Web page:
The Working Time Regulations (Amendment) Bill (otherwise known as the ‘4-day week’ Bill) –  has its second reading on the 24th February.

The bill would reduce the maximum working week from 48 hours to 32 hours per week.

HRreview has gathered expert insights on the development of the bill.

Molly Johnson-Jones, founder and CEO of Flexa Careers, says:

“The progression of the ‘4-day week’ Bill has no doubt been accelerated by the success of the UK’s 4-day week trial. But where the latter proved that hours worked don’t equate to output, it seems counterintuitive for the proposed legislation to bring our focus back to working hours.

“Imposing a strict standard for working hours of any length – whether it’s the 48 hour maximum working week which currently stands, or the 32 hour week proposed by the new Bill – simply encourages companies to revert back to ‘time spent at a desk’ as a measure of performance. In any case, reduced working hours don’t necessarily add up to more flexibility.

“For workers who are focused on accelerating their career, flexibility might mean having the option to work additional hours a week if they choose to. For others, flexibility might mean having the option to take the afternoon off if business is quiet, to start and finish earlier if they’re able to complete their work in 24 hours, or even to take time in lieu if they’ve been working particularly hard.

“There’s never going to be a universal working week length that works for everyone, or even for any one person all of the time. So there’s little point in debating it. Instead, we should focus on empowering companies to cater to whatever options work for them and their staff from one week to the next.”

Kate Palmer, HR Advice and Consultancy Director at Peninsula, says:

“There have been mixed reactions to the 4-day work week trial.

“Some businesses (especially SMEs) have struggled because their working patterns are different from the norm – they’re struggling to communicate and meet customer/client demand due to being closed for a day where others are open. On the flip side, those finding it a success have reported fewer absences, improved retention, and higher levels of productivity.

“The bodies behind this trial obviously want it to be successful and are looking to lead the way towards a four-day work week becoming the ‘norm’. Personally, I don’t believe that a company would sign up to participate in the trial unless they saw it being a success.

“The fact that only 41 out of the 73 companies taking part responded to the request for feedback shows that things might not be as positive as we are being led to believe. While the statistic of “86 percent of trial firms wanting to keep a four-day work week” certainly makes a great headline, when you look closer it’s a different picture. Taken in the context of percentage of total participants in the trial, rather than just the 41 companies who responded, that number drops to just 47 percent. I would be interested to know how the other companies are finding things at this point.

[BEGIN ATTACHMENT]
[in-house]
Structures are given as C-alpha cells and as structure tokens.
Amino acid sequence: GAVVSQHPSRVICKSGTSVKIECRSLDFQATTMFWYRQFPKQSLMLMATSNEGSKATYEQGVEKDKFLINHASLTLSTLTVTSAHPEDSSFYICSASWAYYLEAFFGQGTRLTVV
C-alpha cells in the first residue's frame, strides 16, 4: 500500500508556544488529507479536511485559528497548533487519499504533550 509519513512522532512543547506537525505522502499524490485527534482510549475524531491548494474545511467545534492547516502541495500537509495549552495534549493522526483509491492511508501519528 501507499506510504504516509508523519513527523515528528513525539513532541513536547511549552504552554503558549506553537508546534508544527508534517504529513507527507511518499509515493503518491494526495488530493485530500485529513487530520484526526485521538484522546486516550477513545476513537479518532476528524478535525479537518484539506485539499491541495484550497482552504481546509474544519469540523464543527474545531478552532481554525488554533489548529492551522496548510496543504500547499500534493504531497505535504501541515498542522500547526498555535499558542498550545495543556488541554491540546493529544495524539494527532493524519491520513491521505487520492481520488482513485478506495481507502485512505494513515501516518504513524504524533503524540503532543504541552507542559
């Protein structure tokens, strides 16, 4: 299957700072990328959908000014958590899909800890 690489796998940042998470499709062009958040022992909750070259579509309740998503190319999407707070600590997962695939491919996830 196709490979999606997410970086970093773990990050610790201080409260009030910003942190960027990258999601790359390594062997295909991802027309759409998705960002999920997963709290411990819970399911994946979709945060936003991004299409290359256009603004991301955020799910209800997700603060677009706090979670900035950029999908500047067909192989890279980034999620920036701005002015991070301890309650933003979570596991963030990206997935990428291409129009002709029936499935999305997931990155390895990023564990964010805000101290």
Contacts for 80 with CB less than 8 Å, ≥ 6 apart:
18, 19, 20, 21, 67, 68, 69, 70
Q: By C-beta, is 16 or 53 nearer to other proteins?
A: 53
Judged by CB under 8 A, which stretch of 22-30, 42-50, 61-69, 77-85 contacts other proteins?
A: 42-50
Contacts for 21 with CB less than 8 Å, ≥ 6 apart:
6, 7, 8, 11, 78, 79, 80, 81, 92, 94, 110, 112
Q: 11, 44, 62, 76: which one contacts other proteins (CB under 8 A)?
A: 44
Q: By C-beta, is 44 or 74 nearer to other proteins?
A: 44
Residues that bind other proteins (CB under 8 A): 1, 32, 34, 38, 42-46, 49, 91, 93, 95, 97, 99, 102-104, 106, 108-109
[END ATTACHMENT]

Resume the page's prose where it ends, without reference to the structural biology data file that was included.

“In terms of whether other companies are likely to adopt this trial, while there are certainly benefits for both employer and employee, I think many businesses would struggle to justify moving to this model right now, given the current economic climate.

“Many SME’s are struggling just to keep their doors open. Some could potentially adopt a 4-day work week to save money, but it would be unlikely that this would include employees maintaining 100 percent of their salary.

“As living costs continue to rise, there are extra pressures on employers to support employees financially. With a 4-day week, employees are saving on commuter costs, lunch expenses and childcare fees.

“Whilst a reduction in working hours will likely be favoured by many, such an outcome cannot be assumed. This is particularly important whereby the reduction in days increases the daily working hours or reduces salary.

“Reduced days have been criticised for not recognising the underlying causes of employee burnout and dissatisfaction, namely that their workloads are overwhelming.

“Oftentimes, employees on 4-day weeks are still expected to produce the same levels of work, so find themselves more stressed due to the lack of time they have to complete it. They may feel forced to work overtime during evening or weekends which, ultimately, can end up causing more problems than you started with.

“It will be interesting to see the full results of the trial and the wider impact on working patterns following its completion.”






Amelia Brand is the Editor for HRreview, and host of the HR in Review podcast series. With a Master’s degree in Legal and Political Theory, her particular interests within HR include employment law, DE&I, and wellbeing within the workplace. Prior to working with HRreview, Amelia was Sub-Editor of a magazine, and Editor of the Environmental Justice Project at University College London, writing and overseeing articles into UCL’s weekly newsletter. Her previous academic work has focused on philosophy, politics and law, with a special focus on how artificial intelligence will feature in the future.